Laodicea's sister city, Hierapolis, is today, as anciently, a pleasure resort where modern hotels cater to tourists from distant lands. They come to relax in swimming pools of the famous lukewarm mineral water. The water is also used for drinking, although the first impulse is to spew it out because of its nauseating taste and temperature, reminding the visitor of the Saviour's words "Because thou art lukewarm ... I will spue thee out of my mouth" (verse 16).

The traveler to Hierapolis today finds a number of ruins from Roman times. Fronting the old Roman road is the massive arch of Domitian, who reigned from A.D. 81 to 96. It was this emperor who banished the beloved John to Patmos. John was released only after Domitian's death.

On a hill above the town are excavated remnants of an old church that was constructed over the traditional site of the tomb of Philip, one of the original twelve apostles of the New Testament church. According to generally accepted tradition, Philip labored in upper Asia and in A.D. 54 was scourged, thrown into prison, and afterwards crucified at Hierapolis.

In its prophetic sense, the letter to the Laodiceans takes us into the final period of the church, the nineteenth and twentieth centuries or the period following the great awakening. It is God's last love letter to the church—His final appeal. Therefore it should be a message of special interest and concern to the church today, particularly to those who serve as its spiritual leaders.

The description given of Laodicea by the Master is that of a church that has lost its spirit and passion. Prosperity and materialism have robbed it of its fervor. It can boast of organization; it has all the machinery of religion and goes through the exercises of worship, but it has lost its vital connection with the Source of all power. And saddest of all is the fact that the church is unaware of her loss. She complacently considers herself rich and increased with goods and in need of nothing. Yet in reality she is wretched, miserable, poor, blind, and naked. Like Samson, who after being shorn of his hair "wist not that the Lord was departed from him" (Judges 16:20), so the Laodicean church does not recognize the absence of God.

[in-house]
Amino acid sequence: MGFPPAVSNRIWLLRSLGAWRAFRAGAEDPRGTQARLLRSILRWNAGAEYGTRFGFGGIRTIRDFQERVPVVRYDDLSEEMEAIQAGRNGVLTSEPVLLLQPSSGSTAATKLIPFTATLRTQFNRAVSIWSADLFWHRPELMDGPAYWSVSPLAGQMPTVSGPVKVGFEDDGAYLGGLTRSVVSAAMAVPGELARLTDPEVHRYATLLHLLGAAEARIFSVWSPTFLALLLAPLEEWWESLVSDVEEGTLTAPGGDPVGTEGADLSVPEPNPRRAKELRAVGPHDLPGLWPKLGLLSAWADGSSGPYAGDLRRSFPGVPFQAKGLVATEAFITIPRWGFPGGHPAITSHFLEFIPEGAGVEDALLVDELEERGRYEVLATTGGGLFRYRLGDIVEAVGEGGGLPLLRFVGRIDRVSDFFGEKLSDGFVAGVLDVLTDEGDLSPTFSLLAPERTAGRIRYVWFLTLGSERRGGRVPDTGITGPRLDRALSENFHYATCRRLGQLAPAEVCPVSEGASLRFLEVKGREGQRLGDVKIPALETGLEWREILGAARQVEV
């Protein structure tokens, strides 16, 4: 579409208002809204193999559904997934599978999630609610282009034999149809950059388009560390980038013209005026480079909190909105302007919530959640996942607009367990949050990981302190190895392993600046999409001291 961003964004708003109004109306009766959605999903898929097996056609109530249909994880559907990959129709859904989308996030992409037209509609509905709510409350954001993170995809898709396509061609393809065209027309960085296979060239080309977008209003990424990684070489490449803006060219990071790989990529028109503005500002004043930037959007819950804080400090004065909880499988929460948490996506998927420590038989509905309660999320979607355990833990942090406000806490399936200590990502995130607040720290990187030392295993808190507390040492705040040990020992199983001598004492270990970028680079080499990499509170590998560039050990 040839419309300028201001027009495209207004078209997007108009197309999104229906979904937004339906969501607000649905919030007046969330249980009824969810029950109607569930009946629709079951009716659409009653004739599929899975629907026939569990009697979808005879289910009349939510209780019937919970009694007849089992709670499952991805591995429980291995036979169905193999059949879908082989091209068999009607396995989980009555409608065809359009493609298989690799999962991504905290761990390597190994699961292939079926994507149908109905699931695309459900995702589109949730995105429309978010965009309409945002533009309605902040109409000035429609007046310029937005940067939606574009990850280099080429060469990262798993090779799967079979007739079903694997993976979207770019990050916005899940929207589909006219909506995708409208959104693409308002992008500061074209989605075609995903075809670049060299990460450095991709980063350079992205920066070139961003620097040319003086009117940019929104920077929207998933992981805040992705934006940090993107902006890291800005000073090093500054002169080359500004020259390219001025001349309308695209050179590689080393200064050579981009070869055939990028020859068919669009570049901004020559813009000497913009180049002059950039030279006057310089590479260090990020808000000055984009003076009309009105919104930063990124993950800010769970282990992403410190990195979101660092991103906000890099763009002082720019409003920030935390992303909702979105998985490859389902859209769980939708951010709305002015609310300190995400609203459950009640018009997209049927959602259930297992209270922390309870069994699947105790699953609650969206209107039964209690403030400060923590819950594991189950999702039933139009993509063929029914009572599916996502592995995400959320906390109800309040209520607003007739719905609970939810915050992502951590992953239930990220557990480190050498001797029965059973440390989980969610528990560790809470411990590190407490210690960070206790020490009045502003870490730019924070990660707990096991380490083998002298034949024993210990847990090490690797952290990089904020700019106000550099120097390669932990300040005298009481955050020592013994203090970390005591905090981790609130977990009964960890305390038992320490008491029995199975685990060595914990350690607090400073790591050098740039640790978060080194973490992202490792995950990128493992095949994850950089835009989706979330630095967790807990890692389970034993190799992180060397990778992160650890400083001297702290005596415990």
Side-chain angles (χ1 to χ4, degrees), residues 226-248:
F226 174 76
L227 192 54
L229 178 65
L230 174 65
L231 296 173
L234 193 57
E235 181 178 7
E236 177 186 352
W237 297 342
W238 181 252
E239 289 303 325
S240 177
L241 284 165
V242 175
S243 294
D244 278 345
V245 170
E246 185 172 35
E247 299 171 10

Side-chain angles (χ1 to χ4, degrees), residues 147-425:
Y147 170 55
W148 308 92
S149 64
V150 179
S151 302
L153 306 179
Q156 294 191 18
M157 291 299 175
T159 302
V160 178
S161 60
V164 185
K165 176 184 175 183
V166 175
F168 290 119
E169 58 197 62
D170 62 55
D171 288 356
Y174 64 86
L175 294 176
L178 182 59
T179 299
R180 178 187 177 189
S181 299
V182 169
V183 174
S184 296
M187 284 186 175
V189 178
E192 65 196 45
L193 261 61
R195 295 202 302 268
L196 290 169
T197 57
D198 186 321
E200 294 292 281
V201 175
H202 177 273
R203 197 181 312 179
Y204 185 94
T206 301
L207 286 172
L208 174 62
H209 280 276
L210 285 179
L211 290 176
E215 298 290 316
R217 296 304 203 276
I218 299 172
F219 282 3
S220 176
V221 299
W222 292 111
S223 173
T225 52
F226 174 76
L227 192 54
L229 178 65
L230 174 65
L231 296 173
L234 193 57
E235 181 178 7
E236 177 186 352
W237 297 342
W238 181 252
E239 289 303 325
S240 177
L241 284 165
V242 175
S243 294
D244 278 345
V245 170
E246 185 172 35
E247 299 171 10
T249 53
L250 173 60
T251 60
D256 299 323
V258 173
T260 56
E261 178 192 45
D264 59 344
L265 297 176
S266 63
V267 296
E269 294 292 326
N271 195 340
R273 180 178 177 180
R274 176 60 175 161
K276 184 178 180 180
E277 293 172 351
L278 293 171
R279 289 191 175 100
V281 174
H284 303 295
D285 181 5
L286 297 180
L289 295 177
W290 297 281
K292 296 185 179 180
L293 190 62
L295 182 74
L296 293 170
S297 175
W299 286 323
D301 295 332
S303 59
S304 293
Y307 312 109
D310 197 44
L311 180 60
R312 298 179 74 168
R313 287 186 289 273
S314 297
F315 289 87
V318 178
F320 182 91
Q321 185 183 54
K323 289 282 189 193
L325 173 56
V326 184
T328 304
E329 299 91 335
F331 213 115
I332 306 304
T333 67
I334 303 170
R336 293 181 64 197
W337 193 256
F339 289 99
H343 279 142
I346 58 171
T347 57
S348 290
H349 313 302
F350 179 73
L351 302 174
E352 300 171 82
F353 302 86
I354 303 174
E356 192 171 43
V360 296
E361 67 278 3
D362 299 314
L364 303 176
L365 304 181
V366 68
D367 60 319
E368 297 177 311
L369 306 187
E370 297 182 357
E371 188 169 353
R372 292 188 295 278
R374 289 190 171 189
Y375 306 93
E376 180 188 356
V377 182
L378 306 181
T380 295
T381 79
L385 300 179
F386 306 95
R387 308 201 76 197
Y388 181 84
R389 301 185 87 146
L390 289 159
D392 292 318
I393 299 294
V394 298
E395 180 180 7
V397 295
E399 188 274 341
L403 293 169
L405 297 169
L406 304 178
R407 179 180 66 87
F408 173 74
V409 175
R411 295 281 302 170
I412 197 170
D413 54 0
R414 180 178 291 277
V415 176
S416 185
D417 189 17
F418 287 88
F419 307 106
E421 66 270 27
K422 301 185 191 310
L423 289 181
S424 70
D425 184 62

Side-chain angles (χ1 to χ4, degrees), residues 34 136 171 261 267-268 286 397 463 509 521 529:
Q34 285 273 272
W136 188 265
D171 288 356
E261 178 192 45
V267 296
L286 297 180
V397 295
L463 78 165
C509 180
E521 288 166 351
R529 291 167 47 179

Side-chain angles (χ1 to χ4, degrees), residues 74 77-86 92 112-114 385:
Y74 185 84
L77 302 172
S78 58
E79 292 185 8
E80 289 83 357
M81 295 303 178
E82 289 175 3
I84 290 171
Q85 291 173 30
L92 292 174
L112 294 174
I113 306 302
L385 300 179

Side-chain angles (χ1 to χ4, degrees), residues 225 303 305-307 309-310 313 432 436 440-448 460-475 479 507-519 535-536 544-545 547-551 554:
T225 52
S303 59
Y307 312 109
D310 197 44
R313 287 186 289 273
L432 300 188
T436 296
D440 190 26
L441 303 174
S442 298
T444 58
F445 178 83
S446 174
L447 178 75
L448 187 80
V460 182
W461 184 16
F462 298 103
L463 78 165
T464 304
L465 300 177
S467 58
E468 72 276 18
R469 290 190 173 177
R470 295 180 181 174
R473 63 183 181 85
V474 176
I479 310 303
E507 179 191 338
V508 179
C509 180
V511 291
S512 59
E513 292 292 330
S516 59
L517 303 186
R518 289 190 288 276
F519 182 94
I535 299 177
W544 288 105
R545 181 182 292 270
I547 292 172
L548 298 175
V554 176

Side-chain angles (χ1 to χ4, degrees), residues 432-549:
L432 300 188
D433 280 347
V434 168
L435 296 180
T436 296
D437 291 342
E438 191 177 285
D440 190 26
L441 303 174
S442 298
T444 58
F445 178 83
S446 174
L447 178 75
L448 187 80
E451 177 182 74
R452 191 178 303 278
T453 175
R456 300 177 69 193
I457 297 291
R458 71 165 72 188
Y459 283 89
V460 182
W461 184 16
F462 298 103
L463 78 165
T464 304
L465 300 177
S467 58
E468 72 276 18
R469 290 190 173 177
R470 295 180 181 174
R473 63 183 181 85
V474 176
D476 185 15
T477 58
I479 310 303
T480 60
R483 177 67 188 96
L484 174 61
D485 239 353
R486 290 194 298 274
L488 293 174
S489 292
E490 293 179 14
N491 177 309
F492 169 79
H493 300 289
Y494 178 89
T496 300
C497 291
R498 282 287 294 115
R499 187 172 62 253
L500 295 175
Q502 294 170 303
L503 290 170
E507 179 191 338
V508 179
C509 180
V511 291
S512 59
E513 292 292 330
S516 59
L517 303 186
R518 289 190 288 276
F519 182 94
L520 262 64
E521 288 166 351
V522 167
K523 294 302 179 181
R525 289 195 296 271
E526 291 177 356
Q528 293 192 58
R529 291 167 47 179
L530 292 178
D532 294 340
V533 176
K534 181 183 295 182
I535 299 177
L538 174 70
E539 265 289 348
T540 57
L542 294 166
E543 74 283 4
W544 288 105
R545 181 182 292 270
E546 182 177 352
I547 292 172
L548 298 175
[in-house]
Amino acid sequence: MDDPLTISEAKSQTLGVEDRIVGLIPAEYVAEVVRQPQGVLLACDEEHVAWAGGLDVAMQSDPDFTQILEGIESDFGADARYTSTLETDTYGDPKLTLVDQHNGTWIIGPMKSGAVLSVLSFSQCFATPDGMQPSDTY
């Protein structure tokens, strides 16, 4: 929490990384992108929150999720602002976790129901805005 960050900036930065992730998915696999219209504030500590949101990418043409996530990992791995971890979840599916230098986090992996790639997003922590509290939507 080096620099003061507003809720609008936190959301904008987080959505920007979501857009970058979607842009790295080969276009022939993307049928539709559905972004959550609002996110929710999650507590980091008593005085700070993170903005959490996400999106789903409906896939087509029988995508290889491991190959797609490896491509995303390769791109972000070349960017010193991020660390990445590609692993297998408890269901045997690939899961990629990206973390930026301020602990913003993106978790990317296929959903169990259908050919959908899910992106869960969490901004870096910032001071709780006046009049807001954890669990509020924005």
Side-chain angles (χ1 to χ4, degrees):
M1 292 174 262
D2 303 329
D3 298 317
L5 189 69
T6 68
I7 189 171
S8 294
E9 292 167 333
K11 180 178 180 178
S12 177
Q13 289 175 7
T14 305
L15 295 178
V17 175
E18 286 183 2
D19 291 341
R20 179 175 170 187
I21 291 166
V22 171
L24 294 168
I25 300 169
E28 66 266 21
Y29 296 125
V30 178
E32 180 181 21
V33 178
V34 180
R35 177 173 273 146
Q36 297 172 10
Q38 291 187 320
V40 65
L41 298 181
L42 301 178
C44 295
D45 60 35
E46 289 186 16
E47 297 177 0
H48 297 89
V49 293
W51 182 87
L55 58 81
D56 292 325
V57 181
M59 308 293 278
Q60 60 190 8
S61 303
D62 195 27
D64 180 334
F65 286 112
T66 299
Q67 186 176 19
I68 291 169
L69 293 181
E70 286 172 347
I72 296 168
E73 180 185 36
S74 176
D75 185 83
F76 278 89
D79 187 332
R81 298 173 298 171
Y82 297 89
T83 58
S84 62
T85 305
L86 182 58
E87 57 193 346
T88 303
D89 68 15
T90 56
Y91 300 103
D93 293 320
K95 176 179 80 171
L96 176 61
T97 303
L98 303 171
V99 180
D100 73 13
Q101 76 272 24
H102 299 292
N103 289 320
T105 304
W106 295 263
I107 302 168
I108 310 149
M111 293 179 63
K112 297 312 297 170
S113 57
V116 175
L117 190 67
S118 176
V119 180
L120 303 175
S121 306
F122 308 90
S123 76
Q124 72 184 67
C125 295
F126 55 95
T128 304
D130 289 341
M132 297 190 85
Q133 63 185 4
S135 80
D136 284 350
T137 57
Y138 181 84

The Great Physician, who has diagnosed Laodicea's condition, prescribes the cure. Her perishable, paltry wealth must be exchanged for the gold of faith and love. Her self-righteous rags must give way to the garment of Christ's righteousness woven in the loom of heaven without one thread of human devising. Her vaunted eyesalve must be given up for the ointment of the Spirit's clear spiritual perception so that she may see herself as she really is.

Many commentators have pointed out that although the Saviour's sternest rebukes and condemnation are directed to Laodicea, so also does He reserve for her the most glorious and precious promises given to any of the seven churches. God's last message to the church is not primarily one of condemnation, but of love. He wounds that He might heal. He rebukes and chastens in order to bring His people to repentance.

The Saviour closes: "Behold, I stand at the door, and knock: if any man hear my voice, and open the door, I will come in to him, and will sup with him, and he with me" (Rev. 3:20). The gracious invitation is perhaps best illustrated in Hoiman Hunt's immortal painting, "The Light of the World." The original, dating back to 1853, can be seen today in Keble College, Oxford, while a considerably larger copy completed by Hunt in 1893 stands today in St. Paul's Cathedral in London. Hunt graphically pictures Jesus in a night scene with a lighted lantern in His left hand, knocking with His right hand on a door representing the human heart. Jesus does not force an entrance; He simply stands and knocks and pleads. He will enter only if the door is opened, and this the occupant must do. Each must make a definite, conscious decision to act, for the door will not open of itself. To open the door means to welcome Jesus in as Saviour and Lord of the life. This is what Jesus invites each Laodicean to do.

To those who respond by letting Him in, the promise is, "To him that overcometh will I grant to sit with me in my throne, even as I also overcame, and am set down with my Father in his throne" (verse 21). Thus will God have a people upon earth prepared to enter His glorious kingdom at His coming.

Note:

For information on an audio-visual set of 2x2 slides dealing with the seven churches of Revelation and other sets
that will enhance your ministry, write MINISTRY, 6840 Eastern Ave., NW., Washington, D.C. 20012.


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Orley Berg is an executive editor of MINISTRY.

March 1979